Our users try so many things and come up with requests that make us think, “Oh, interesting, we never expected or saw that before.” Whenever we hear something like this, we drop it into a Slack channel within our team. Everyone is seeing so many things, we love to share these and say, “This is cool, have a look at it.”

Personally, I like the “Last Week in AI” podcast, which provides some paper and news summaries that I might otherwise miss. I can listen to it on my bike. And then obviously Twitter.

Tell us a bit about your team - are you hiring, and what do you look for in prospective members joining the team?

We’re a team of five - three co-founders, Marc, Max, and me, and two engineers, Hassieb and Marlies. We all work in person in Berlin, Germany. We’re hiring two or three more people over the next couple of months. As we focus on our OSS product, our entire team is technical, and we'll only hire engineers for the foreseeable future.

In terms of hiring, we’re looking for a backend engineer that will help with scaling this product to tens and hundreds of thousands of users, each with high workloads. We’re also hiring a product engineer, which is basically someone that holistically works across the entire product, takes features from inception to launch, and continues to iterate on them personally with high ownership.This could be someone that wants to start a company themselves soon.

Lastly, we want to add a developer advocate to the team. We want someone technical who is excited about open source and working closely with devs. We want someone to advocate for them and really focus on how we can communicate better: through our docs, through content and in our product.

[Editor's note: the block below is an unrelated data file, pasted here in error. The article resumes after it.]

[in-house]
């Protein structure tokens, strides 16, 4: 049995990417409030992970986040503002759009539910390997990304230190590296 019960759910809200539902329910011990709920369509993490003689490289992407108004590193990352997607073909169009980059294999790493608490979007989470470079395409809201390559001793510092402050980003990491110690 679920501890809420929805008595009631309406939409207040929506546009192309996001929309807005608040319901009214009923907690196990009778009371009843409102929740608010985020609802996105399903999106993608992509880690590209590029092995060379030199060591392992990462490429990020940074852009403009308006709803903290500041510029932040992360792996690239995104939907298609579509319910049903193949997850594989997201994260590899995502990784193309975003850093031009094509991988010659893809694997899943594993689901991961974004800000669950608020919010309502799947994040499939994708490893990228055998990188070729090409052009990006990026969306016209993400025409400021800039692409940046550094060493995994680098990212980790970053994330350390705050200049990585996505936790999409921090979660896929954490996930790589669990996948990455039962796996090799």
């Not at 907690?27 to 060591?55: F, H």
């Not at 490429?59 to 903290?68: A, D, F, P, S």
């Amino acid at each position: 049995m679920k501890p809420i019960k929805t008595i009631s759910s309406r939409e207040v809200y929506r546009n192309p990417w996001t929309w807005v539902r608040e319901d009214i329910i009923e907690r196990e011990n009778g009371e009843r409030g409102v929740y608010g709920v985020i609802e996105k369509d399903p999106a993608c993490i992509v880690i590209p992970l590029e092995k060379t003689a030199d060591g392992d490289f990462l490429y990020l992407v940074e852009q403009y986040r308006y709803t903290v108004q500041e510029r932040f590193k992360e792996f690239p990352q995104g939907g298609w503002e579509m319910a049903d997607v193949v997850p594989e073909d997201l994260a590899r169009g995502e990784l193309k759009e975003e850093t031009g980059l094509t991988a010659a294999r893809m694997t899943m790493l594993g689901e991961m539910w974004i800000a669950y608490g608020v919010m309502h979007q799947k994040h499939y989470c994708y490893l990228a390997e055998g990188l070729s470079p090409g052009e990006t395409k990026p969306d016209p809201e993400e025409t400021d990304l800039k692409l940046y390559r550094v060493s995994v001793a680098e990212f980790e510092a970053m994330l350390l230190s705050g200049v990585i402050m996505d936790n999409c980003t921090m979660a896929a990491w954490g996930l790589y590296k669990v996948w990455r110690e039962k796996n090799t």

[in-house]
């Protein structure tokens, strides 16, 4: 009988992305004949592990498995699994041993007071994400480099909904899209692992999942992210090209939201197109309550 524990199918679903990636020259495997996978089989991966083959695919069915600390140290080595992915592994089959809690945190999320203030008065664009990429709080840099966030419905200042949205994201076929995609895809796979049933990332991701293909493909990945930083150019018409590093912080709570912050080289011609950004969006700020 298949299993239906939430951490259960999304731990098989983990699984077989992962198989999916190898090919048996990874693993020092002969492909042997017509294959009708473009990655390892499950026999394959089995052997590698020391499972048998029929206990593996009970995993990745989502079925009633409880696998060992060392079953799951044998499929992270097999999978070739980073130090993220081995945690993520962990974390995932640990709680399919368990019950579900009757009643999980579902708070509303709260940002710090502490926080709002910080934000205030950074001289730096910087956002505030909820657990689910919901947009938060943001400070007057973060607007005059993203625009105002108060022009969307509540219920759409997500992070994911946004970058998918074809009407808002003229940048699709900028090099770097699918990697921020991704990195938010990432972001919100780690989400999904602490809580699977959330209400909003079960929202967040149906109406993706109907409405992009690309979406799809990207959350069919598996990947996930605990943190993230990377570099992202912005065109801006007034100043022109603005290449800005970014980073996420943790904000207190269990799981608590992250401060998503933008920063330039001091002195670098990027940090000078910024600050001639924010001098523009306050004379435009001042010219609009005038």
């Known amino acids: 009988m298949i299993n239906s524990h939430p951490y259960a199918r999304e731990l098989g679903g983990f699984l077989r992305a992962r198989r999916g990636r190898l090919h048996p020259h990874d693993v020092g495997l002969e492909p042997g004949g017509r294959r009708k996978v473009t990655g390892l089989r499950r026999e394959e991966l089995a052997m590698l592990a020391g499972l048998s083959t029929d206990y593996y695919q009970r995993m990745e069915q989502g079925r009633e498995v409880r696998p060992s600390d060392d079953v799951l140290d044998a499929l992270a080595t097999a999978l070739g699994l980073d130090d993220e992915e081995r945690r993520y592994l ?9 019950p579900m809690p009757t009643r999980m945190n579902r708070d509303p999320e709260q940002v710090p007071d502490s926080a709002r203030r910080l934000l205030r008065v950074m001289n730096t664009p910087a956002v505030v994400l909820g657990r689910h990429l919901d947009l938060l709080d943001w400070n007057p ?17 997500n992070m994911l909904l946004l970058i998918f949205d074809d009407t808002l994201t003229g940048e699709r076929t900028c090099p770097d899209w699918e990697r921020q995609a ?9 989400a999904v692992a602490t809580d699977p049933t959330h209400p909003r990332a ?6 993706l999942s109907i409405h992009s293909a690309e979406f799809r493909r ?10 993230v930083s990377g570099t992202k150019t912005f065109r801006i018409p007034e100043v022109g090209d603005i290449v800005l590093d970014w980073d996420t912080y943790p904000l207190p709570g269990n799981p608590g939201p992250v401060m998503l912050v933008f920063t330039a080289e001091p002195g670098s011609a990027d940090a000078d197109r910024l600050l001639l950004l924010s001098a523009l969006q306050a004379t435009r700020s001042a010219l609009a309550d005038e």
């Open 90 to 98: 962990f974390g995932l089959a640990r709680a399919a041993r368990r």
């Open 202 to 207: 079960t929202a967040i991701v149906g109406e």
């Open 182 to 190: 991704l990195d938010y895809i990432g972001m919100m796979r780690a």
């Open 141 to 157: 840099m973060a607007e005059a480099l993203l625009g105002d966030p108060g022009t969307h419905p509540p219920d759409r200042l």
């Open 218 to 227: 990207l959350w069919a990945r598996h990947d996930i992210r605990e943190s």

We’re a small team. We're looking for people with high ownership, that are interested in OSS, devtools, and building with LLMs. We all chat with users daily, take their feedback, improve the product, and then go back to users. Everyone is entrepreneurial and enjoys owning whole aspects of the overall product.

Talk to us about YC - what are some of the most important benefits you received personally from going through the program this year?

Maybe I’ll just throw out a few bullet-points where it really helped us. It gave us a great community of people facing similar challenges. This is huge because starting a company can be pretty lonely and just straight tough some days. Then, it definitely pushed us to move a lot faster. We thought we were already moving quickly, but in the batch, it was all about bouncing ideas off each other, like, "Hey, why not try building it in two days instead of a week?"

The space was so new. I think if we hadn’t been working on our coding agent alongside the rest of the batch, we wouldn’t have made it this far. Everyone was trying to figure out how to make something useful with LLMs, and it was just an awesome community to be part of.


Last question - as native Berliners building in AI, what are the strengths and weaknesses of the European ecosystem compared to Silicon Valley?

I think we’re lucky to know people who are very SF-minded, here in Berlin. But overall, the quantity is obviously lower.

Europe does have a lot going on. You mentioned you just spent time in Paris with Cerebral Valley. There’s also London, Zurich and we’re in Berlin, and there’s other places with exciting things happening and really, really good people. The big but is, they’re still spread across different countries whereas the Bay Area is so much more concentrated. It’s the global center for AI and startups.

It’s funny, because we spend a lot of time in SF and end up meeting a lot of Europeans in San Francisco that we don’t meet ‘back home’. For instance, we have an integration with Posthog, and the founders are based in the UK. We met in San Francisco, discussed it and hatched the plan here instead of meeting in Europe. So, that anecdote might tell you a bit about where things stand.


To stay up to date on the latest with Langfuse, follow them on X and learn more about them at Langfuse.